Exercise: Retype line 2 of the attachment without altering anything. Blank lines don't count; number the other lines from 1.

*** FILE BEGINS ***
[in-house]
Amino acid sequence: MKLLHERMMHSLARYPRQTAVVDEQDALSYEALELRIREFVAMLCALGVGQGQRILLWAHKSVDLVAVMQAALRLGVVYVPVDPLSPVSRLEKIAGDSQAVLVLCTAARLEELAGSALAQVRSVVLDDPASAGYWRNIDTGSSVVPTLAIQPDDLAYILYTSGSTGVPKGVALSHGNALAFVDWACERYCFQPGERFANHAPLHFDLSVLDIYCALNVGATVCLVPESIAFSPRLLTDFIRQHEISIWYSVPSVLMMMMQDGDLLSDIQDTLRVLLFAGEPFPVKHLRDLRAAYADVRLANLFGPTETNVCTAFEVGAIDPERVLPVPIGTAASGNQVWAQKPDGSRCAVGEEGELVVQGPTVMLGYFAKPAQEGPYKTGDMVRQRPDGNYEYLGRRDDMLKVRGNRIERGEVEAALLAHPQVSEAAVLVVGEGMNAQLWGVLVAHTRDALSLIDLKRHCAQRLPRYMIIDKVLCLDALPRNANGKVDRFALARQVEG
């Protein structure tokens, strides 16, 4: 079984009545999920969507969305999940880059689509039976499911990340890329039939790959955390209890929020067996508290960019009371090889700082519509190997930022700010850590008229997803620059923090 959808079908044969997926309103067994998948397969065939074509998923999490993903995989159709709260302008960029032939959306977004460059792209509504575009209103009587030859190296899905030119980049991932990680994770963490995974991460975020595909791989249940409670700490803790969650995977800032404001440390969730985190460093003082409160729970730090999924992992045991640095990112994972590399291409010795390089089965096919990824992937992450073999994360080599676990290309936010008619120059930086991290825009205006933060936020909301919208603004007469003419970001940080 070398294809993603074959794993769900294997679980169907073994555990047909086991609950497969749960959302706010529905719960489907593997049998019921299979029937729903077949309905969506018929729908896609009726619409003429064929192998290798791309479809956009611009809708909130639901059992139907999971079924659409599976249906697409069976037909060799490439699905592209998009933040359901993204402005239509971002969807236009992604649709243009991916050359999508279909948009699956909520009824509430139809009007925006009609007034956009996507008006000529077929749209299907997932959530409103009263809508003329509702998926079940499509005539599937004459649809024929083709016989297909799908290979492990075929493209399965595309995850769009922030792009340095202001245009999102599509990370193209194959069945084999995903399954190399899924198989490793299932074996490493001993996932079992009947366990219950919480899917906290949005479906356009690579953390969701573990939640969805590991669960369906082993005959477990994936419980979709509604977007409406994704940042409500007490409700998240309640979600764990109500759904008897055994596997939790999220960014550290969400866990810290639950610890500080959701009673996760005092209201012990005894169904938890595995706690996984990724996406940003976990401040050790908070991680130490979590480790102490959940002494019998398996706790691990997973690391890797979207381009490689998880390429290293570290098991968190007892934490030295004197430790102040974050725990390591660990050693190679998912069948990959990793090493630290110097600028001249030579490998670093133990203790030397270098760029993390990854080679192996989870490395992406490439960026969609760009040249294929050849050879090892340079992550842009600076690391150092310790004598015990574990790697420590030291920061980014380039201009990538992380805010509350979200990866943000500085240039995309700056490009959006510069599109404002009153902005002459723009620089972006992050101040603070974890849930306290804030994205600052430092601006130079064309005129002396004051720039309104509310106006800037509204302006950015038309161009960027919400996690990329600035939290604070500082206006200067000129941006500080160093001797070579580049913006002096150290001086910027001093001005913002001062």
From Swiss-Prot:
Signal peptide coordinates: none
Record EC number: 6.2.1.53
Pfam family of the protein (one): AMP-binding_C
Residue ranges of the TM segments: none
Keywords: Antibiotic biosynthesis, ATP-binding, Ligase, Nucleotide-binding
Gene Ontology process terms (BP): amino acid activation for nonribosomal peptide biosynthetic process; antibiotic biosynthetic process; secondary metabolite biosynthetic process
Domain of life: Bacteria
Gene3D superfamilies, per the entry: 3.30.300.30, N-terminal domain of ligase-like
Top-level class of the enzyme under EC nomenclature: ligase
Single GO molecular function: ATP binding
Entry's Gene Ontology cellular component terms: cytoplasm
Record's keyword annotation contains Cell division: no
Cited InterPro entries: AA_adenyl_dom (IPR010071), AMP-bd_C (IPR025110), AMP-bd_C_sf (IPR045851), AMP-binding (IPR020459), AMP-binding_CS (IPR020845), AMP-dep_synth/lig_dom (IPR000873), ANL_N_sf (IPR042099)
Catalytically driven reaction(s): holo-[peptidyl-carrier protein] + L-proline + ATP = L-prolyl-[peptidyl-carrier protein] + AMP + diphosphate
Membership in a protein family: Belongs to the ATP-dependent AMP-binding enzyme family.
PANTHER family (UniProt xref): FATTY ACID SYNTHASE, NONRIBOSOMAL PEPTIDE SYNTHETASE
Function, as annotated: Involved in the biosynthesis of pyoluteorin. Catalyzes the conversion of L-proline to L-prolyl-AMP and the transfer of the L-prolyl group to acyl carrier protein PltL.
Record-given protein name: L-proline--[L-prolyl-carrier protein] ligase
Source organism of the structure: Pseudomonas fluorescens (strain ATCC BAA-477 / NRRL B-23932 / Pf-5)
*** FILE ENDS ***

Amino acid sequence: MKLLHERMMHSLARYPRQTAVVDEQDALSYEALELRIREFVAMLCALGVGQGQRILLWAHKSVDLVAVMQAALRLGVVYVPVDPLSPVSRLEKIAGDSQAVLVLCTAARLEELAGSALAQVRSVVLDDPASAGYWRNIDTGSSVVPTLAIQPDDLAYILYTSGSTGVPKGVALSHGNALAFVDWACERYCFQPGERFANHAPLHFDLSVLDIYCALNVGATVCLVPESIAFSPRLLTDFIRQHEISIWYSVPSVLMMMMQDGDLLSDIQDTLRVLLFAGEPFPVKHLRDLRAAYADVRLANLFGPTETNVCTAFEVGAIDPERVLPVPIGTAASGNQVWAQKPDGSRCAVGEEGELVVQGPTVMLGYFAKPAQEGPYKTGDMVRQRPDGNYEYLGRRDDMLKVRGNRIERGEVEAALLAHPQVSEAAVLVVGEGMNAQLWGVLVAHTRDALSLIDLKRHCAQRLPRYMIIDKVLCLDALPRNANGKVDRFALARQVEG